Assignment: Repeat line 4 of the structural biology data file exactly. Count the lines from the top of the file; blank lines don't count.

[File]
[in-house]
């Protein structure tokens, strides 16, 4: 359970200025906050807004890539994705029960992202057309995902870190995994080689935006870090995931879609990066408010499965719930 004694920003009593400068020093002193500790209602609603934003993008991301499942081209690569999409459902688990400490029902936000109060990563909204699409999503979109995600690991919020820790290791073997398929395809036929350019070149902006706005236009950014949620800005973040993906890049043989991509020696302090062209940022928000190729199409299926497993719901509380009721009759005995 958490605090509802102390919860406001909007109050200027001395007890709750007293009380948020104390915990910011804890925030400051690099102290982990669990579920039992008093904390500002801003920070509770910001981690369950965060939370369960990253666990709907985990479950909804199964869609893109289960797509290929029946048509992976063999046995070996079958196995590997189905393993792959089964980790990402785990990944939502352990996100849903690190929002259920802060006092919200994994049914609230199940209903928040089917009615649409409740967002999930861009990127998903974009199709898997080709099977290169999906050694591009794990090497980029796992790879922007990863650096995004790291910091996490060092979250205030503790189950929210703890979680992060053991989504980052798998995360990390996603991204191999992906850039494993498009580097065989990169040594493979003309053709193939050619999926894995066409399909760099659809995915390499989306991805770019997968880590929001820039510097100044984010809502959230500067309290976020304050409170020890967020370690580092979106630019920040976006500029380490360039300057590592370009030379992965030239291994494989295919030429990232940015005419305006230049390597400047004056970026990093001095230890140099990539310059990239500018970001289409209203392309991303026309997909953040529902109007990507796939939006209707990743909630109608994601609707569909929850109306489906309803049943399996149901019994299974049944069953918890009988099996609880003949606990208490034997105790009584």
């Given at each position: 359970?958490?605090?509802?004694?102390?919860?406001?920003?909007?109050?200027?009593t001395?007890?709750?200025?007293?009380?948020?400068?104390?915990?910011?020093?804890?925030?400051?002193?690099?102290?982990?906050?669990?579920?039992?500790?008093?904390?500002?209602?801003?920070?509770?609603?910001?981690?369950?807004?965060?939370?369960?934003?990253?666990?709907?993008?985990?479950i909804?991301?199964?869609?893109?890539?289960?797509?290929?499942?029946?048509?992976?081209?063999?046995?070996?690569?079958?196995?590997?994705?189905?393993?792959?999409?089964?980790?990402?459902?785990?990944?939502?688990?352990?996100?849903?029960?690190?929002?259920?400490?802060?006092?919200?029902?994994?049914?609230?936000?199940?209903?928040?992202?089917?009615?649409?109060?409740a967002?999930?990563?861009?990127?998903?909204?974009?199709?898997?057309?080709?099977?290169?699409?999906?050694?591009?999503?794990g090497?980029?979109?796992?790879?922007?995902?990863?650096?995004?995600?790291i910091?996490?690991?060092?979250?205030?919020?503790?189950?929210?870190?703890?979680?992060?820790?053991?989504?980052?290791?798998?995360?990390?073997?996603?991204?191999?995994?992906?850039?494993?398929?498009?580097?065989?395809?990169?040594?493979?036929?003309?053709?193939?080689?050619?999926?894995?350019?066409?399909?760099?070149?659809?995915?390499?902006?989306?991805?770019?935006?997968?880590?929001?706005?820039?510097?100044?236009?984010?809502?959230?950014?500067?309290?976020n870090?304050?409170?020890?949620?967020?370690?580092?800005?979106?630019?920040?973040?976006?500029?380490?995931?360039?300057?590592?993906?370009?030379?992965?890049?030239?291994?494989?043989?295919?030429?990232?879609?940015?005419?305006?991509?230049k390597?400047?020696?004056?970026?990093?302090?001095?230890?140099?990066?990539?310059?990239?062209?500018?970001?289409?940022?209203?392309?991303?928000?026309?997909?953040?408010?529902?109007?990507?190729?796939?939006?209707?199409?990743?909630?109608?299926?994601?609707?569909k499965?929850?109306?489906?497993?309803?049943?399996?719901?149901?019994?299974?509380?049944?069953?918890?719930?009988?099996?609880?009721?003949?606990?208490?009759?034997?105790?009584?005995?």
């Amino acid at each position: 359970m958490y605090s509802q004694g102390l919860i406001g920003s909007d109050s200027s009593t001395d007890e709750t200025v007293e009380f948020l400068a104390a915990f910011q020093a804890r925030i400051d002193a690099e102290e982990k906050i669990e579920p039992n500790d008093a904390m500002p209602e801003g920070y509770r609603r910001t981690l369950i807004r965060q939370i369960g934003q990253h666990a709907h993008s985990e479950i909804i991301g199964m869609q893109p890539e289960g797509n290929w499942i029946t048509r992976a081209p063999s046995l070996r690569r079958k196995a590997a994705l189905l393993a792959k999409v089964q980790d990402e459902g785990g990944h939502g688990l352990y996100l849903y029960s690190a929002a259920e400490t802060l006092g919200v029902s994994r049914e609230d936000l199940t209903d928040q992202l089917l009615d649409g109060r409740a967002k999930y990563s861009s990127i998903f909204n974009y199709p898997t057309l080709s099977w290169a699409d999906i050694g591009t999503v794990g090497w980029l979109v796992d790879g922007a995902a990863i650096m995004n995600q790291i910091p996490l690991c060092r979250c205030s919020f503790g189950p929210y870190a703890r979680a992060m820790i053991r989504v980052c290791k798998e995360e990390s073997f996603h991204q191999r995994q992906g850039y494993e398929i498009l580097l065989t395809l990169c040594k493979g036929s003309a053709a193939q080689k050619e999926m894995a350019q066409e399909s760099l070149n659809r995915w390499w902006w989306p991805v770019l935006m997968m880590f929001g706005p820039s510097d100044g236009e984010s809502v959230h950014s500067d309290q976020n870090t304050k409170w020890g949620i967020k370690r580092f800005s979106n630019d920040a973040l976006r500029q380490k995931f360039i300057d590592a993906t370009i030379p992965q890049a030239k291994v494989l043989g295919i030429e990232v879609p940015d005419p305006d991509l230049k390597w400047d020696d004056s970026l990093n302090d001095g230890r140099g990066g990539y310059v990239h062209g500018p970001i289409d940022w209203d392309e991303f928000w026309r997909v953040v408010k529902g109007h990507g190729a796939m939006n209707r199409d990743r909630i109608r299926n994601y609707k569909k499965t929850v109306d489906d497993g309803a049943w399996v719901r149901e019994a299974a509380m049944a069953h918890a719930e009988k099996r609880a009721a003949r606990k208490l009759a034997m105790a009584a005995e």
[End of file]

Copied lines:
């Amino acid at each position: 359970m958490y605090s509802q004694g102390l919860i406001g920003s909007d109050s200027s009593t001395d007890e709750t200025v007293e009380f948020l400068a104390a915990f910011q020093a804890r925030i400051d002193a690099e102290e982990k906050i669990e579920p039992n500790d008093a904390m500002p209602e801003g920070y509770r609603r910001t981690l369950i807004r965060q939370i369960g934003q990253h666990a709907h993008s985990e479950i909804i991301g199964m869609q893109p890539e289960g797509n290929w499942i029946t048509r992976a081209p063999s046995l070996r690569r079958k196995a590997a994705l189905l393993a792959k999409v089964q980790d990402e459902g785990g990944h939502g688990l352990y996100l849903y029960s690190a929002a259920e400490t802060l006092g919200v029902s994994r049914e609230d936000l199940t209903d928040q992202l089917l009615d649409g109060r409740a967002k999930y990563s861009s990127i998903f909204n974009y199709p898997t057309l080709s099977w290169a699409d999906i050694g591009t999503v794990g090497w980029l979109v796992d790879g922007a995902a990863i650096m995004n995600q790291i910091p996490l690991c060092r979250c205030s919020f503790g189950p929210y870190a703890r979680a992060m820790i053991r989504v980052c290791k798998e995360e990390s073997f996603h991204q191999r995994q992906g850039y494993e398929i498009l580097l065989t395809l990169c040594k493979g036929s003309a053709a193939q080689k050619e999926m894995a350019q066409e399909s760099l070149n659809r995915w390499w902006w989306p991805v770019l935006m997968m880590f929001g706005p820039s510097d100044g236009e984010s809502v959230h950014s500067d309290q976020n870090t304050k409170w020890g949620i967020k370690r580092f800005s979106n630019d920040a973040l976006r500029q380490k995931f360039i300057d590592a993906t370009i030379p992965q890049a030239k291994v494989l043989g295919i030429e990232v879609p940015d005419p305006d991509l230049k390597w400047d020696d004056s970026l990093n302090d001095g230890r140099g990066g990539y310059v990239h062209g500018p970001i289409d940022w209203d392309e991303f928000w026309r997909v953040v408010k529902g109007h990507g190729a796939m939006n209707r199409d990743r909630i109608r299926n994601y609707k569909k499965t929850v109306d489906d497993g309803a049943w399996v719901r149901e019994a299974a509380m049944a069953h918890a719930e009988k099996r609880a009721a003949r606990k208490l009759a034997m105790a009584a005995e």